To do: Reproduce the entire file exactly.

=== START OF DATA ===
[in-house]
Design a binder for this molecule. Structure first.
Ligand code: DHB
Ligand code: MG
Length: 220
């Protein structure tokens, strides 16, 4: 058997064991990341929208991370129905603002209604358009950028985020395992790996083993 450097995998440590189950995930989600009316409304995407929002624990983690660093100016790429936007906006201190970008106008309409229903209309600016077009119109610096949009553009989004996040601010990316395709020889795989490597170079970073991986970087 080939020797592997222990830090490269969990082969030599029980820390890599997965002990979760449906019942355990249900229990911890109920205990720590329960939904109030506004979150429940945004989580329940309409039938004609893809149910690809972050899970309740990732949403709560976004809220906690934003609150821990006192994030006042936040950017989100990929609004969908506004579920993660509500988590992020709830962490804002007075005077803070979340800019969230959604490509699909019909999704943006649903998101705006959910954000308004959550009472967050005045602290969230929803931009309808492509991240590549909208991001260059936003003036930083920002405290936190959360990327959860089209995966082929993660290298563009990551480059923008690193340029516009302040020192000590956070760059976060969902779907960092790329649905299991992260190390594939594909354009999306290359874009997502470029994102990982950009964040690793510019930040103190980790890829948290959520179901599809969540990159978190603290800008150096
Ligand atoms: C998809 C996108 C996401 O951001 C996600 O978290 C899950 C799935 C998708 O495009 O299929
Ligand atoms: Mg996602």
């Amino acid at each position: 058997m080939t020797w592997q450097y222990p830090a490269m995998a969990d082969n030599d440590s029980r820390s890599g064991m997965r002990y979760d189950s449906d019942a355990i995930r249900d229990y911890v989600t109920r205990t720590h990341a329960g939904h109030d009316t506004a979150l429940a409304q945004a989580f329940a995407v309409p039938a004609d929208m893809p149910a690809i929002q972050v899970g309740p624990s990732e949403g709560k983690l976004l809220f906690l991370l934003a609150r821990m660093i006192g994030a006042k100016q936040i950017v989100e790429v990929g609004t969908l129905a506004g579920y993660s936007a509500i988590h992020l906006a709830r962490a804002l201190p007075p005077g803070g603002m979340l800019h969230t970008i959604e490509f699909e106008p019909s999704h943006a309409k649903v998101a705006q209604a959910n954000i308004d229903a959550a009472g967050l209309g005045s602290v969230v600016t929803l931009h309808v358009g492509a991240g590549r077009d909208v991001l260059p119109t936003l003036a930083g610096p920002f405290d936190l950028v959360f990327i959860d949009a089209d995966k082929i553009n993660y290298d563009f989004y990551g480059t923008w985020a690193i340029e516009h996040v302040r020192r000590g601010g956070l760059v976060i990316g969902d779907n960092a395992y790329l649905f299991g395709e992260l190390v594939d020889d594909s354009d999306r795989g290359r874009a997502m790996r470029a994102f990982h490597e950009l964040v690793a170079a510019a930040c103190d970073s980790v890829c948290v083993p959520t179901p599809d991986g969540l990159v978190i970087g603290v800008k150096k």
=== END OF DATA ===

[in-house]
Design a binder for this molecule. Structure first.
Ligand code: DHB
Ligand code: MG
Length: 220
């Protein structure tokens, strides 16, 4: 058997064991990341929208991370129905603002209604358009950028985020395992790996083993 450097995998440590189950995930989600009316409304995407929002624990983690660093100016790429936007906006201190970008106008309409229903209309600016077009119109610096949009553009989004996040601010990316395709020889795989490597170079970073991986970087 080939020797592997222990830090490269969990082969030599029980820390890599997965002990979760449906019942355990249900229990911890109920205990720590329960939904109030506004979150429940945004989580329940309409039938004609893809149910690809972050899970309740990732949403709560976004809220906690934003609150821990006192994030006042936040950017989100990929609004969908506004579920993660509500988590992020709830962490804002007075005077803070979340800019969230959604490509699909019909999704943006649903998101705006959910954000308004959550009472967050005045602290969230929803931009309808492509991240590549909208991001260059936003003036930083920002405290936190959360990327959860089209995966082929993660290298563009990551480059923008690193340029516009302040020192000590956070760059976060969902779907960092790329649905299991992260190390594939594909354009999306290359874009997502470029994102990982950009964040690793510019930040103190980790890829948290959520179901599809969540990159978190603290800008150096
Ligand atoms: C998809 C996108 C996401 O951001 C996600 O978290 C899950 C799935 C998708 O495009 O299929
Ligand atoms: Mg996602």
């Amino acid at each position: 058997m080939t020797w592997q450097y222990p830090a490269m995998a969990d082969n030599d440590s029980r820390s890599g064991m997965r002990y979760d189950s449906d019942a355990i995930r249900d229990y911890v989600t109920r205990t720590h990341a329960g939904h109030d009316t506004a979150l429940a409304q945004a989580f329940a995407v309409p039938a004609d929208m893809p149910a690809i929002q972050v899970g309740p624990s990732e949403g709560k983690l976004l809220f906690l991370l934003a609150r821990m660093i006192g994030a006042k100016q936040i950017v989100e790429v990929g609004t969908l129905a506004g579920y993660s936007a509500i988590h992020l906006a709830r962490a804002l201190p007075p005077g803070g603002m979340l800019h969230t970008i959604e490509f699909e106008p019909s999704h943006a309409k649903v998101a705006q209604a959910n954000i308004d229903a959550a009472g967050l209309g005045s602290v969230v600016t929803l931009h309808v358009g492509a991240g590549r077009d909208v991001l260059p119109t936003l003036a930083g610096p920002f405290d936190l950028v959360f990327i959860d949009a089209d995966k082929i553009n993660y290298d563009f989004y990551g480059t923008w985020a690193i340029e516009h996040v302040r020192r000590g601010g956070l760059v976060i990316g969902d779907n960092a395992y790329l649905f299991g395709e992260l190390v594939d020889d594909s354009d999306r795989g290359r874009a997502m790996r470029a994102f990982h490597e950009l964040v690793a170079a510019a930040c103190d970073s980790v890829c948290v083993p959520t179901p599809d991986g969540l990159v978190i970087g603290v800008k150096k």